He was in a karate uniform on this particular evening because tonight was his very first karate lesson. Ever. He may do this for ten or twenty years and earn all kinds of fancy and important belt designations over that time period, but he will always be able to look back and know that today was the day his martial arts journey began. I hope that's the case anyway. Of course he might hate it and quit next year, but I don't think he will if tonight's results are any sort of indicator. Zeke is a follower, and karate is all about following. You do what the sensei says and do it as accurately as possible. For some kids this is a very difficult undertaking. Not for Zeke though. He knows he'll be praised if he does something correctly, and he's naturally competitive in this kind of environment. I can't explain why, but so far he seems to prefer individual sports that you learn about in group settings much more than team sports that you participate in together. When we took him to soccer classes in Spring he'd play for a few minutes, then look at us with sad eyes the rest of the time and whine about wanting to leave. But swimming classes in early summer were entirely different. He loved them. He paid attention, was totally engaged, and was doing everything he could to outshine his fellow classmates. Same with karate. At least tonight anyway. He did exactly what the teacher asked and seemed to have a great time doing it. Check out the video. He's definitely smiling as he punches his little fist out and yells “Aayy!” I hope that doing it and learning to do it well will give him a little more confidence in other parts of his life. We'll see. One way or another we're off to a good start.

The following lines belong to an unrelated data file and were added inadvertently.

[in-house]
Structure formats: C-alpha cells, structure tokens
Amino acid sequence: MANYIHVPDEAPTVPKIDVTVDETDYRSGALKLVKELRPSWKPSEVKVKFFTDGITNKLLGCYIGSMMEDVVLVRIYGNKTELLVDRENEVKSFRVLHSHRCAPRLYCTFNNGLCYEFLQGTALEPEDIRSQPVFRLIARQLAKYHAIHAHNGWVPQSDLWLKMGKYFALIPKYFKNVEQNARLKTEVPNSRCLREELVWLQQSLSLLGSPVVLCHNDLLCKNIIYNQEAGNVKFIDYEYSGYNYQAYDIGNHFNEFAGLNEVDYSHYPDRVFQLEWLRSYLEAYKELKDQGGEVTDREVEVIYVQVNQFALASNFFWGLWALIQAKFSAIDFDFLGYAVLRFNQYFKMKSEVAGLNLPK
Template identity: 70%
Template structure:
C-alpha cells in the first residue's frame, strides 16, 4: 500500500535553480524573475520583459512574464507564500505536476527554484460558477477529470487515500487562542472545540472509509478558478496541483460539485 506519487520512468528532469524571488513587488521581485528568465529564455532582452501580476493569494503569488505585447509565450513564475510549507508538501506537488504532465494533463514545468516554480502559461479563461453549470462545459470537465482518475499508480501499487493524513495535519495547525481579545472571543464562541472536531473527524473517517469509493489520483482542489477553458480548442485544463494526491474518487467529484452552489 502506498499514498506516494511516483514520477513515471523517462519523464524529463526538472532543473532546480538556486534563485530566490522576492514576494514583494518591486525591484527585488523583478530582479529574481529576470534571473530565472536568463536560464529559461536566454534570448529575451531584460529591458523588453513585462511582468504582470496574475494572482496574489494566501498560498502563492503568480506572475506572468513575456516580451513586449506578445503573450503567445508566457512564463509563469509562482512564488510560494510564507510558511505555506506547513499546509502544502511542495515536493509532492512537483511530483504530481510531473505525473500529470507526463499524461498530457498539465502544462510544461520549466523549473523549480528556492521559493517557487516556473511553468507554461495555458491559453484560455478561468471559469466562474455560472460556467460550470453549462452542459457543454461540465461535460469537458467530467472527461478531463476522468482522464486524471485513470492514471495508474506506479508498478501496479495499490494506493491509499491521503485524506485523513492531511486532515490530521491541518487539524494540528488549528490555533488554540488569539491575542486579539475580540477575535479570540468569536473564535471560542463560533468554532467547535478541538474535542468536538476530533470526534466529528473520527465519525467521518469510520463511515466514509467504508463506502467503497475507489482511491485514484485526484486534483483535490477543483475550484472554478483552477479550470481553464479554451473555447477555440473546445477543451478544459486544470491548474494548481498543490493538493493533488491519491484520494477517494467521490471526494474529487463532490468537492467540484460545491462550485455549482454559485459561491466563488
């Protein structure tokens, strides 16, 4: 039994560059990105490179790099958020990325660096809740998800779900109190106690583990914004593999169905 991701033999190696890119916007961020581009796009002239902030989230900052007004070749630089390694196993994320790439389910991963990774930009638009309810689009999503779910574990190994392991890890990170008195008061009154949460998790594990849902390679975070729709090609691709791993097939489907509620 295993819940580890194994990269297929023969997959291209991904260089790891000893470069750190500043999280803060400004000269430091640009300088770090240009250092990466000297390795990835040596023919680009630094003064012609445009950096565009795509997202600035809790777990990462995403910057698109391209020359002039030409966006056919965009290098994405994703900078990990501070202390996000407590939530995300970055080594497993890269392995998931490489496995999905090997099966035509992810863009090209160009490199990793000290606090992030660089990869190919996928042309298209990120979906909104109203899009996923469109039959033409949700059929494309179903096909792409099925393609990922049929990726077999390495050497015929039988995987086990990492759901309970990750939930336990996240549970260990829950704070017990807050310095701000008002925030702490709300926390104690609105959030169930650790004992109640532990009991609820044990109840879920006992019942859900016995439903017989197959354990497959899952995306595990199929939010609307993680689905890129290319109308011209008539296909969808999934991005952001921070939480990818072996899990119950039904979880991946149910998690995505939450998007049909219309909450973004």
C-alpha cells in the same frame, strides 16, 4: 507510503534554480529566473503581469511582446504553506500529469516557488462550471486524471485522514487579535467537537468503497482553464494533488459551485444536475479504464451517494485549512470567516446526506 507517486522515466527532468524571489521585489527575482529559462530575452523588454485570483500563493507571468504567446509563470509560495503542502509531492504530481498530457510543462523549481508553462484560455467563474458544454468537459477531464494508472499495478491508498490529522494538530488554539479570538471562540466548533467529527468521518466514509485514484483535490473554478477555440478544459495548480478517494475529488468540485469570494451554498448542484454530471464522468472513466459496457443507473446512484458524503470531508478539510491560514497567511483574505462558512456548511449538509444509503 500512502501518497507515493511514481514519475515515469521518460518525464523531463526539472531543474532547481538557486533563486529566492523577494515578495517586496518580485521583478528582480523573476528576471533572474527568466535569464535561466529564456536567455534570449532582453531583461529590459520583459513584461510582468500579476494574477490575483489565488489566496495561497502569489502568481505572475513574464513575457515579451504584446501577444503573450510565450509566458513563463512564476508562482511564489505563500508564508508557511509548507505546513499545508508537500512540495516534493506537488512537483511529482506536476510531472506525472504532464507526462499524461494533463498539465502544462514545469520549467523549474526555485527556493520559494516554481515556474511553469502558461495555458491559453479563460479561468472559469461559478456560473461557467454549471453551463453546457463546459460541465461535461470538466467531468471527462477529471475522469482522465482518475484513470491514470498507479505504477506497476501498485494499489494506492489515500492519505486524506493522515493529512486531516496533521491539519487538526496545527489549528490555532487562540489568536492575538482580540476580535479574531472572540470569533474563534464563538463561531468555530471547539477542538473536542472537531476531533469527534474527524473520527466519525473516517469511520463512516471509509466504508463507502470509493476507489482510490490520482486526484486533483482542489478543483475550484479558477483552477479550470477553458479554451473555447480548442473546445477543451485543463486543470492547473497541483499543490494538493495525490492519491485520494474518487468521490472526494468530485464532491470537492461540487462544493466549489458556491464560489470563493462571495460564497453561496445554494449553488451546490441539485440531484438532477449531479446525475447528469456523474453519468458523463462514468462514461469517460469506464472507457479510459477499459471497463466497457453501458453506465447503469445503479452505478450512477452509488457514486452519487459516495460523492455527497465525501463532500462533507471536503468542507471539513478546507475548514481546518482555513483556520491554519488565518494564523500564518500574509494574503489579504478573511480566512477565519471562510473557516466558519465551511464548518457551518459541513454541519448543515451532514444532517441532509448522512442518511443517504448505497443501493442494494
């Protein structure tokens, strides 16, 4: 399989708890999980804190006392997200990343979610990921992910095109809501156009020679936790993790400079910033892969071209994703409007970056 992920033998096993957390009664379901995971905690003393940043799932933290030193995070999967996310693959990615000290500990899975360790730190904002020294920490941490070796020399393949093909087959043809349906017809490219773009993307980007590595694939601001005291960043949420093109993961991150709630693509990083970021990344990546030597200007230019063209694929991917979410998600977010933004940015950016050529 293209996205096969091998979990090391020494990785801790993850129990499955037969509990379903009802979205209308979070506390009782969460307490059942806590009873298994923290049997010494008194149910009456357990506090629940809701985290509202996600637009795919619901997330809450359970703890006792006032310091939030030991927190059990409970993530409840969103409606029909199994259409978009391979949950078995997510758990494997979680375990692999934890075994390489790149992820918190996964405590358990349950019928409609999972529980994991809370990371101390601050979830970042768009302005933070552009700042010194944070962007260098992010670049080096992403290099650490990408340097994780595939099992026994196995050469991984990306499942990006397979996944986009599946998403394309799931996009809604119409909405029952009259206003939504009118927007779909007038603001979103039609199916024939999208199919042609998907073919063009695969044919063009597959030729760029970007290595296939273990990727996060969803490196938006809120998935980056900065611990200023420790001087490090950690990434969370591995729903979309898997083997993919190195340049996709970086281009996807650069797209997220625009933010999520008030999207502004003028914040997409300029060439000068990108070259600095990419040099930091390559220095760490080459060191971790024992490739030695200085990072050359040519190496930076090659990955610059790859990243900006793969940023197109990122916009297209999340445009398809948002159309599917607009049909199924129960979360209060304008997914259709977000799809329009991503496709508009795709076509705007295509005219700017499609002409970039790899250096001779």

Sunday, September 13, 2009